All animal studies were performed in accordance with the recommendations of the Society for Laboratory Animal Science (GV-SOLAS) and the European Health Law of the Federation of Laboratory Animal Science Associations (FELASA). The protocol was approved by the North Rhine-Westphalia State Agency for Nature, Environment and Consumer Protection (LANUV), Germany (permit number: AZ.81-02.04.2018.A133). Intact male, 6–10-week-old NOD/Scid gamma mice were housed under pathogen-free conditions. Water and food were provided ad libitum. Mice were injected subcutaneously with 2 × 106 22Rv1 cells in matrigel/PBS into the shoulder region. Tumor growth was monitored by CT. Animals were sacrificed upon reaching any of predefined termination criteria, including general and social habitus, apathy, ulceration, severe weight loss, tumor size ≥2 cm3 or other signs of deteriorating condition. Mice bearing 22Rv1 xenografts (n = 9) were treated with 10 mg/kg enzalutamide (Sellekchem) diluted in 68% PEG-200 (Merck, Darmstadt, Germany), 30% Transcutol (Gattefosse, Lyon, France), 1% Labrasol (Gattefosse) and 1% Tween-80 (Sigma Aldrich, Taufkirchen, Germany) 5 times a week for 2 weeks by oral gavage. Treatment with enzalutamide was started as soon as the tumors were palpable (approx. day 14–21 post-inoculation). Average pretreatment tumor volume was mean ± SD: 0.14 ± 0.16 cm3 and average weight was mean ± SD: 27.8 ± 2.5 g. 68Ga-PSMA PET/CT images of mice bearing C4-2 and LNCaP xenografts were kindly provided Dr. Johannes Czernin’s group (University of California Los Angeles). The design for the in vivo experiments is outlined in Figure 3A.

4.3. PET/CT

68Ga-PSMA-11 was obtained from ABX. The radiolabeling reaction of 68Ga-PSMA-11 was performed by means of Modular-Lab easy using the commercially available reagent kit supplied by Eckert & Ziegler Eurotope GmbH (Berlin, Germany). The radiochemical purity was determined with radio-HPLC and TLC (iTLC-SG) and exceeded 98% for 68Ga-PSMA-11. Static PET/CT images of 22Rv1 xenografts were acquired 60 min after intraperitoneal injection of approximately 3 MBq 68Ga-PSMA-11 using the β-CUBE (PET) and X-CUBE (CT; MOLECUBES, Gent, Belgium). C4-2 and LNCaP xenografts were injected with 1.1 Mbq 68Ga-PSMA-11 and imaged with Genesys8 PET/CT. Mice were imaged in temperature-controlled beds with continuous monitoring of breathing frequency. Image acquisition time was 15 min. Images were reconstructed using an iterative reconstruction algorithm (ISRA, 30 iterations) with attenuation correction of the corresponding CT image. PET data were reconstructed into a 192 × 192 transverse matrix, producing a 400 μm isometric voxel size. PET images were evaluated by analysis of decay-corrected injected activity per gram of tissue (%IA/g). The x-ray source was a tungsten anode (peak voltage, 50 kVp; tube current, 350 μA; 0.8 mm aluminum 759 filter). The detector used was a cesium iodide (CsI) flat-panel, building up a screen with 1536 × 864 pixels. Measurements were carried for individual 120 ms exposures, with angular sampling intervals of 960 exposures per rotation, for a total of 7 rotations and a total exposure time of 6 s. Tumor volume was calculated using PMOD software (version 4.1, PMOD Technologies Ltd., Zürich, Switzerland). The entire tumor volume of interest from CT was copied to the PET dataset to calculate the mean %IA/g. Partial volume effects due to varying tumor sizes were excluded by applying a partial volume correction (Supplementary Figure S2). A partial volume correction factor profile was fitted to an asymptotic curve (Supplementary Figure S2B) with a dependency on the cavity volume measured in a mouse-like phantom (Supplementary Figure S2C). The partial volume correction factor was calculated by dividing the calibrated activity concentration by the mean calibrated activity contained in the PET reconstructed images.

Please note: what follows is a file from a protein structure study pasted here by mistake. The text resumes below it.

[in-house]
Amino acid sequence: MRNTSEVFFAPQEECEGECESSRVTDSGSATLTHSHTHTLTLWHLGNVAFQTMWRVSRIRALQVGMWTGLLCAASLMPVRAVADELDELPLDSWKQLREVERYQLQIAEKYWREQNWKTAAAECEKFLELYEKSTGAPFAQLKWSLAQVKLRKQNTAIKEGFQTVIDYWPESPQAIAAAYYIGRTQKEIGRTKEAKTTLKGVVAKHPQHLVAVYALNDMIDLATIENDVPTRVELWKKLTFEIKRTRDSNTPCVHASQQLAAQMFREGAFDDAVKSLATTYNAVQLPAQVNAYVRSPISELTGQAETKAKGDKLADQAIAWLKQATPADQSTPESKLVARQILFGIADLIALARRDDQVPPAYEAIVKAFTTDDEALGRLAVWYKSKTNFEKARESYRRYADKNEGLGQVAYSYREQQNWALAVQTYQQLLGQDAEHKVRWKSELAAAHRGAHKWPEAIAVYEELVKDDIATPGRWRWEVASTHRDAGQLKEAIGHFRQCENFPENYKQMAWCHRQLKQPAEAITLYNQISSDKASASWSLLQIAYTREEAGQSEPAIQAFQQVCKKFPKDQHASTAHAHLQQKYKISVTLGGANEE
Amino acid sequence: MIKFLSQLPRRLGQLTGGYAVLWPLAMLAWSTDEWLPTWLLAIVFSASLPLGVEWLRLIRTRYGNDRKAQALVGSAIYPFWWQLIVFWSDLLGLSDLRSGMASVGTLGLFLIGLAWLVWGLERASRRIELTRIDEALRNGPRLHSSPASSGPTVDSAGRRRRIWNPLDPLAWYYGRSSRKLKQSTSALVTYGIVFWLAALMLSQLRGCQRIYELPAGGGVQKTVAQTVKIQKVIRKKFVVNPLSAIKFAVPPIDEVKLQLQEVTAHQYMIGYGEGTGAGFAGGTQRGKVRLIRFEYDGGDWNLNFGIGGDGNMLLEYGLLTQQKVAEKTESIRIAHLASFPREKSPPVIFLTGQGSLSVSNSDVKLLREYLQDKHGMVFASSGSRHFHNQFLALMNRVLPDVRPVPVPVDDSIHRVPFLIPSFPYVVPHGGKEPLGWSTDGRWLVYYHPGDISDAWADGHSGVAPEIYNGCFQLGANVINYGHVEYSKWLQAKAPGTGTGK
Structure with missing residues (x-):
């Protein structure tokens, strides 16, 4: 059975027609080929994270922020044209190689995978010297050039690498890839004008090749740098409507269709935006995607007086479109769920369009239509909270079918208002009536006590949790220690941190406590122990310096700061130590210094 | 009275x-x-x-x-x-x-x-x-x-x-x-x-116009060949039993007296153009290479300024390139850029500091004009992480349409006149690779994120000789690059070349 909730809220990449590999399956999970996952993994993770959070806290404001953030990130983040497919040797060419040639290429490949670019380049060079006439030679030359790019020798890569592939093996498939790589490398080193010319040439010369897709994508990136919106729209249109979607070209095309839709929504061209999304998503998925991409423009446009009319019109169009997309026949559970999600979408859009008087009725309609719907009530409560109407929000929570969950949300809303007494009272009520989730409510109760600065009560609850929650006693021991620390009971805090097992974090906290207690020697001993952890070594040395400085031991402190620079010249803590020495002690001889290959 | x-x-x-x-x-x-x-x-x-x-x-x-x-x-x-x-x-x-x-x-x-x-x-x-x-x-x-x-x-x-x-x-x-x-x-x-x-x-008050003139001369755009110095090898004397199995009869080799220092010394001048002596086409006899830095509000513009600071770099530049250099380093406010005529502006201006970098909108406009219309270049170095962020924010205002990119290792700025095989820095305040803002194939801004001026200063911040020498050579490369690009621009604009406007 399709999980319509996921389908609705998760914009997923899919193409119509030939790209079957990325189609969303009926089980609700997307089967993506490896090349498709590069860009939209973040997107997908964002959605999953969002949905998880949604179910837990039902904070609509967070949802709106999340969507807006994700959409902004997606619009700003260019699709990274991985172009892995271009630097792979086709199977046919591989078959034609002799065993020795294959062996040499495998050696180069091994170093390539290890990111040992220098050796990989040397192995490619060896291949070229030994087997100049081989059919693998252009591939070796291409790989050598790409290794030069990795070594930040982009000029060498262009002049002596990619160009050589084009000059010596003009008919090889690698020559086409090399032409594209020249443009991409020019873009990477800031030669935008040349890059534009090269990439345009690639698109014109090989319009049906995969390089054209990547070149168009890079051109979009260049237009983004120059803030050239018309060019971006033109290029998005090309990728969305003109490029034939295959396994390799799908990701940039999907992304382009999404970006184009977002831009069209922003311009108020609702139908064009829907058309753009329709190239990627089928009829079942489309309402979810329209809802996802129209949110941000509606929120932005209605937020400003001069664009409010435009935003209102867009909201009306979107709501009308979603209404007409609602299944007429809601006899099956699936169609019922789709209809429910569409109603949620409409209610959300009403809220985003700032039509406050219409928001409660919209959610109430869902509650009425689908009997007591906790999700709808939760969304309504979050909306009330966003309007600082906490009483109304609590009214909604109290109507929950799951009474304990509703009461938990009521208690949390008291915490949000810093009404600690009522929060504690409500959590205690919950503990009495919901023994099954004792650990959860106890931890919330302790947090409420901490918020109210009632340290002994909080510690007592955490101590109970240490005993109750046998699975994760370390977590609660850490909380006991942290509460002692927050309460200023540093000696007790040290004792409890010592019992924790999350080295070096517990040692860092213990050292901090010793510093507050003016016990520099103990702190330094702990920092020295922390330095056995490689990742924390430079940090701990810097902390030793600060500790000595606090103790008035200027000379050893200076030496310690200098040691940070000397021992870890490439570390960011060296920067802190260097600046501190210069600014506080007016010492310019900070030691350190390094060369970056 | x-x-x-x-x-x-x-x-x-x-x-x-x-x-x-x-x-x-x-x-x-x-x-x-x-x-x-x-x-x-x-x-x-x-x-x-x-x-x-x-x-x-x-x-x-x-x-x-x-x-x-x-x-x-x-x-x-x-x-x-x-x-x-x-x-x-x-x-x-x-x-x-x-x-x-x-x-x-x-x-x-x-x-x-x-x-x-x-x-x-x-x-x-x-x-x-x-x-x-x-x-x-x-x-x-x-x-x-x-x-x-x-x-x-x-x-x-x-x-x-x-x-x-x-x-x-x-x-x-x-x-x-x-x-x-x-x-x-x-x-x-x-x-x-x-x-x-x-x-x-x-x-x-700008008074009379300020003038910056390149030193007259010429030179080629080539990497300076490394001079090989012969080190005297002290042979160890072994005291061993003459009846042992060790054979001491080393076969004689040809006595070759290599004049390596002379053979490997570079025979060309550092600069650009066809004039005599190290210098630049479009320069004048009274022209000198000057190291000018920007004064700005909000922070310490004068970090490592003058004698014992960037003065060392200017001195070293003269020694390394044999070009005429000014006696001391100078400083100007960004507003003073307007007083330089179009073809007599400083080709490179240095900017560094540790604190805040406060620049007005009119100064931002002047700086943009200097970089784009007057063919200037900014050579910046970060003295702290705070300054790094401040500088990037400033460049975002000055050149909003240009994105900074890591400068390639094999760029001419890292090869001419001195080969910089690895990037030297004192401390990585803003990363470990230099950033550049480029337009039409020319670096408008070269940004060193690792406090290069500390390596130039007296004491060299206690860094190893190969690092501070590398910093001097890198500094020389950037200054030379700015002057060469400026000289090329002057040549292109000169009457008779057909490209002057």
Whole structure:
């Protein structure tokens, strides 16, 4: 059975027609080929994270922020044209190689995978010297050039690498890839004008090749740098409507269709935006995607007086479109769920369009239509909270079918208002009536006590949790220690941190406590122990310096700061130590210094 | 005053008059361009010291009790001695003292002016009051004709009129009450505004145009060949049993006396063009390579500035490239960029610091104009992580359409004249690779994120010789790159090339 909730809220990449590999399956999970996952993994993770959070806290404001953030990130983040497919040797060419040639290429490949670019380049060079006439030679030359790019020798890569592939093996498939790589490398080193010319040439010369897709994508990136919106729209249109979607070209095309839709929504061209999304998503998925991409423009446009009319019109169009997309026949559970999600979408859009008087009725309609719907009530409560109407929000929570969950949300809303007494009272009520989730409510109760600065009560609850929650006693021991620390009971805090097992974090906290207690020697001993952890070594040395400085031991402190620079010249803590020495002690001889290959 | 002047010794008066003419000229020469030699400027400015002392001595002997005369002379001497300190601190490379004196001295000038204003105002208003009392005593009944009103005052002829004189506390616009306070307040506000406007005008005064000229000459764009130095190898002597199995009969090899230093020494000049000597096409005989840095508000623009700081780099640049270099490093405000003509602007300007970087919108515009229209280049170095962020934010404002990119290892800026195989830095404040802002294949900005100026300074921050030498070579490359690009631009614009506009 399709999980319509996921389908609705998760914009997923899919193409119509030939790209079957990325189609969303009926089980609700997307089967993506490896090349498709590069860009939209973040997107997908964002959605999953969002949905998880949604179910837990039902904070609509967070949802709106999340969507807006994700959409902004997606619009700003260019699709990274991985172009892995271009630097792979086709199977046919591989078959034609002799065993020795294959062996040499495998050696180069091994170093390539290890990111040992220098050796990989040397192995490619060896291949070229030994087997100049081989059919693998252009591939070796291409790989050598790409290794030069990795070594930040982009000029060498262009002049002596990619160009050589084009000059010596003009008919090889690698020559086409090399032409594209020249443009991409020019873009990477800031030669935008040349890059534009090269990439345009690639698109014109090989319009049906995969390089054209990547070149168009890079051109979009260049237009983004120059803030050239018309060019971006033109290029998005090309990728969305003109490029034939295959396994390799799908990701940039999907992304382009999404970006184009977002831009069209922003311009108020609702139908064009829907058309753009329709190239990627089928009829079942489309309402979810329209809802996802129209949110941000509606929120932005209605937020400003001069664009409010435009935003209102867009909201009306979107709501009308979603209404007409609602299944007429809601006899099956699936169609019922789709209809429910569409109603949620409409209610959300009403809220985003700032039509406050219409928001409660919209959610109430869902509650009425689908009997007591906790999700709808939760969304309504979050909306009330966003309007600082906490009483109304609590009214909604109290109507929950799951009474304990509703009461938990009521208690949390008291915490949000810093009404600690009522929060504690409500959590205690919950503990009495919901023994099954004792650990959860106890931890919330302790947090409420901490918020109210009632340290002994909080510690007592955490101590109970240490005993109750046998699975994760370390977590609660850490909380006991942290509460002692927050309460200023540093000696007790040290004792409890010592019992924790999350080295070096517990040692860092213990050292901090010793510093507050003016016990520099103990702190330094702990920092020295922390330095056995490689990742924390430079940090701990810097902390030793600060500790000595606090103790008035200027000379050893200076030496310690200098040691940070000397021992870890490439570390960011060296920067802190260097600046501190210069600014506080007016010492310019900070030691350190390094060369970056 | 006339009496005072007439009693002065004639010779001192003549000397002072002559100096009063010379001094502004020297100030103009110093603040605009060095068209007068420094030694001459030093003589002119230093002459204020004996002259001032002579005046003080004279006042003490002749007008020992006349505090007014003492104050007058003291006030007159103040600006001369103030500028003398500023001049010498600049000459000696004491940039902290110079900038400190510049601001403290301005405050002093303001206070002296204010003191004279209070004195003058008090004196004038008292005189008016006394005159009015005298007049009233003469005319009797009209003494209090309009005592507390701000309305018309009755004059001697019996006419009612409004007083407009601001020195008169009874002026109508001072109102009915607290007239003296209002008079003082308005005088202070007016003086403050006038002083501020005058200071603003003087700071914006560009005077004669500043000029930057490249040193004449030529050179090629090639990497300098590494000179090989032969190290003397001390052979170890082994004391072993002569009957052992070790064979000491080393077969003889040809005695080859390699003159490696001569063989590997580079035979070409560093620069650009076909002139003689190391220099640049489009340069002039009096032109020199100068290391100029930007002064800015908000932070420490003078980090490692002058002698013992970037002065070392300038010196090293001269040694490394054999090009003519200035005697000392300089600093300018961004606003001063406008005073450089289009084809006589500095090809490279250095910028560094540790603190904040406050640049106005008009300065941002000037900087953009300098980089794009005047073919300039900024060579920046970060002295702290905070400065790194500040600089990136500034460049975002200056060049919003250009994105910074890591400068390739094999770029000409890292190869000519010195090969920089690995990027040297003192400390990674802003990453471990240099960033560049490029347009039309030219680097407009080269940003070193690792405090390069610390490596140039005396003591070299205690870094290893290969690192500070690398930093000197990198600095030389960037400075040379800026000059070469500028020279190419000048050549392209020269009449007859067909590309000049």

4.4. Flow Cytometry

Cells were seeded at a density of 1 × 105/mL (22Rv1), 0.5 × 105/mL (C4-2) or 0.7 × 105/mL (LNCaP) in 6-well plates. Medium was changed every other day. On the day of medium change, cells were treated with 1 µM DMSO (vehicle) or 10 µM enzalutamide. Single-cell suspensions were stained with anti-human PSMA-APC antibody (clone: REA408, Miltenyi Biotec, Bergisch Gladbach, Germany) in PBS according to the manufacturer’s instructions or incubated with 50 µL PBS only (unstained control). Samples were measured after 1, 2 or 3 weeks of treatment with a CytoFlex S flow cytometer (Beckman Coulter, Munich, Germany) and analyzed using FlowJo software (Tri Star Inc., Ashland, OR, USA).